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Deep-rooted plants have much greater impact on climate than experts thought

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Earlier this year, Dawson's colleague and former UC Berkeley doctoral student Rafael Oliveira of the Laboratrio de Ecologia Isotpica at the University of Sao Paulo, Brazil, discovered that Amazonian trees also use hydraulic redistribution to maintain the moisture around their shallow roots during the long dry season. During the wet season, these plants can store as much as 10 percent of the annual precipitation as deep as 13 meters (43 feet) underground, to be tapped during the dry months.

"These trees are using their root system to redistribute water into different soil compartments," Dawson said. "This allows the trees and the forest to sustain water use throughout the dry season."

The process is a passive one, he noted, driven by chemical potential gradients, with tree roots acting like pipes to allow water to shift around much faster than it could otherwise percolate through the soil. In many plants that exhibit hydraulic redistribution, the tap roots are like the part of an iceberg below water. In some cases these roots can reach down more than 100 times the height of the plant above ground. Such deep roots make sense if their purpose is to redistribute water during the dry season for use by the plant's shallow roots, though Dawson suspects that the real reason for keeping the surface soil moist is to make it easier for the plant to take in nutrients.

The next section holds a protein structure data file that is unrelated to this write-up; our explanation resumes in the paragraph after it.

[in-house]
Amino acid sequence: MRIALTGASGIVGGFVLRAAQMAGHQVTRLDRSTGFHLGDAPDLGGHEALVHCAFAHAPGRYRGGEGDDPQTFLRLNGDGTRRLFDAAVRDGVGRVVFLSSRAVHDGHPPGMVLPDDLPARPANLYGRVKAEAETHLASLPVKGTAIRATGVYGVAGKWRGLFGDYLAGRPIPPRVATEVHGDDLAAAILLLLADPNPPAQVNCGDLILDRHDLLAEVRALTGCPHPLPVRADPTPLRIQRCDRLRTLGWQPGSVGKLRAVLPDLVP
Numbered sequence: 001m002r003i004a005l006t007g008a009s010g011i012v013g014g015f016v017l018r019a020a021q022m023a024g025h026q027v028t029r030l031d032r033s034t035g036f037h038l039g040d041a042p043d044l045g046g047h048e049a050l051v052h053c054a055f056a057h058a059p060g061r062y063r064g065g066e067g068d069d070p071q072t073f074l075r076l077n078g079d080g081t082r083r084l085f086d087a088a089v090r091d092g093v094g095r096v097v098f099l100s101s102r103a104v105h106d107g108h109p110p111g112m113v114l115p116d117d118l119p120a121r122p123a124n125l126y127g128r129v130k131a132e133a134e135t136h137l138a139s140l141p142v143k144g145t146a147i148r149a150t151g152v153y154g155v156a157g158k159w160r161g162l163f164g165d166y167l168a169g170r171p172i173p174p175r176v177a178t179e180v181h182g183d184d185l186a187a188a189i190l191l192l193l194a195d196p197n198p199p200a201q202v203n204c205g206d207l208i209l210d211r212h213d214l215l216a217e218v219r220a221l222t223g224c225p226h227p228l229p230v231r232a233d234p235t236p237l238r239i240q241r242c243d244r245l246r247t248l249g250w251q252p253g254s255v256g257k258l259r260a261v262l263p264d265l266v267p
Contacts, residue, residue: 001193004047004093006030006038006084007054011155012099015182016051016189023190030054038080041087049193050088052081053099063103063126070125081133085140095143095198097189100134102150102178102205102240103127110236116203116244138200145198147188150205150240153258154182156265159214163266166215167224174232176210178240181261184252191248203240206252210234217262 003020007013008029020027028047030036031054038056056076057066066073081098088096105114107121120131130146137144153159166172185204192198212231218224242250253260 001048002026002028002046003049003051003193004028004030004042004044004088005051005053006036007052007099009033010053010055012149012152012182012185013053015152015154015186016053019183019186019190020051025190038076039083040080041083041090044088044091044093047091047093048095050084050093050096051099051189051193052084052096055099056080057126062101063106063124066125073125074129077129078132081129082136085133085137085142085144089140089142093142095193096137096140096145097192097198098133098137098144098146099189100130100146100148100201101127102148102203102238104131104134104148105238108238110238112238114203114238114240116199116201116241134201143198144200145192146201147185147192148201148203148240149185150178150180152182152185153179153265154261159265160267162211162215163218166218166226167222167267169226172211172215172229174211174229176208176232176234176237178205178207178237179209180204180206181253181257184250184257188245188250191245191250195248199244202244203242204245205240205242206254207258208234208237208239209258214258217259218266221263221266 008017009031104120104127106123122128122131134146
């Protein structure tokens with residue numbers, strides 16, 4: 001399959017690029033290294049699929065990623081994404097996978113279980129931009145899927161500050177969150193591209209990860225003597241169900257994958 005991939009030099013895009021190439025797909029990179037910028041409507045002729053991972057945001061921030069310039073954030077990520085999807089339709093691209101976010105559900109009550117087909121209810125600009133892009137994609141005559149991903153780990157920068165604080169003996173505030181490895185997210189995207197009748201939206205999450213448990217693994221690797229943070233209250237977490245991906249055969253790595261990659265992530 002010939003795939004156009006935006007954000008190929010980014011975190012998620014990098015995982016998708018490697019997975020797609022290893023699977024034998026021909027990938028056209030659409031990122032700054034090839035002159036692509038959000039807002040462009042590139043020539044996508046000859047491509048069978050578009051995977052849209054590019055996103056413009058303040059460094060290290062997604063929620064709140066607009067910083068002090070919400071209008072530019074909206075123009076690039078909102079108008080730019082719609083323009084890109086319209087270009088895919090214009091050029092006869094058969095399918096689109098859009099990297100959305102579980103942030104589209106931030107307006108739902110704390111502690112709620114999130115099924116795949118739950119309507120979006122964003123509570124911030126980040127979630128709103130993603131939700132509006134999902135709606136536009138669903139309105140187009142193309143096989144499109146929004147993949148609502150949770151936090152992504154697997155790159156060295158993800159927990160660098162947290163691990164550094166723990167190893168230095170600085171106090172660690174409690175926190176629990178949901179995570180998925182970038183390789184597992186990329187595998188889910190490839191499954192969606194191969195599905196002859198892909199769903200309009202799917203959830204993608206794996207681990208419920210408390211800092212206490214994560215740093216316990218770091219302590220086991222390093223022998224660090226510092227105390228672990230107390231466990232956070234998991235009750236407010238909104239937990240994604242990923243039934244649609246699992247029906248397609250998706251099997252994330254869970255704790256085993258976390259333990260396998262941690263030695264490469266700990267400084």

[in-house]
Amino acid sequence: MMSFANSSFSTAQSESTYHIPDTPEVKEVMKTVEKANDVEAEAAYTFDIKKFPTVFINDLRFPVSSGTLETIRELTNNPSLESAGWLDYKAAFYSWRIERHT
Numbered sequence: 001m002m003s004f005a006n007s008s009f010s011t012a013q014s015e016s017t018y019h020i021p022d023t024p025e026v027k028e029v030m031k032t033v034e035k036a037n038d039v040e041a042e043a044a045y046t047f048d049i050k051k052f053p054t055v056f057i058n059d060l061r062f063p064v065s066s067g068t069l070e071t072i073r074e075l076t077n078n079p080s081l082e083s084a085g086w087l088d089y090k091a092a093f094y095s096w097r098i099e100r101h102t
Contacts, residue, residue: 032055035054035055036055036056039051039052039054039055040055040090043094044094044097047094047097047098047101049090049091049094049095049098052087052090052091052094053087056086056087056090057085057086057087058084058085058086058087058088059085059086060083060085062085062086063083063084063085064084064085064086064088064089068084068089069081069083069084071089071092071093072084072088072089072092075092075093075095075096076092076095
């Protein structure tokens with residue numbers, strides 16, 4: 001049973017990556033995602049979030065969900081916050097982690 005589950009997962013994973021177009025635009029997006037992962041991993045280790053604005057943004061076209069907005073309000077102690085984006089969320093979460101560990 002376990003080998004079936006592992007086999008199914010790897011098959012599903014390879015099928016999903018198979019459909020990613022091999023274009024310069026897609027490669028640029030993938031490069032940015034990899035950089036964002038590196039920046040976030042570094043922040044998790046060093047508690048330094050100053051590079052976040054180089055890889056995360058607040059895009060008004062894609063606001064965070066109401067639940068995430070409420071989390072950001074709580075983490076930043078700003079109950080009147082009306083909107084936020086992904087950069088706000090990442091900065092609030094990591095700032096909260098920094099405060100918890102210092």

"Hydraulic redistribution is definitely related to water, but it can't really be discussed outside the context of plant nutrition," he said.

Dawson, Lee and Fung set out to incorporate hydraulic distribution in the National Center for Atmospheric Research Community Atmospheric Model Version 2 (NCAR's CAM2 model), one of the most respected models.

"Global climate models don't do a very good job of capturing plant effects on how climate might behave," Lee said.

Lee accounted both for daily and seasonal dryness in the Amazon, and showed that the two toget
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Contact: Robert Sanders
rsanders@berkeley.edu
510-643-6998
University of California - Berkeley
11-Jan-2006


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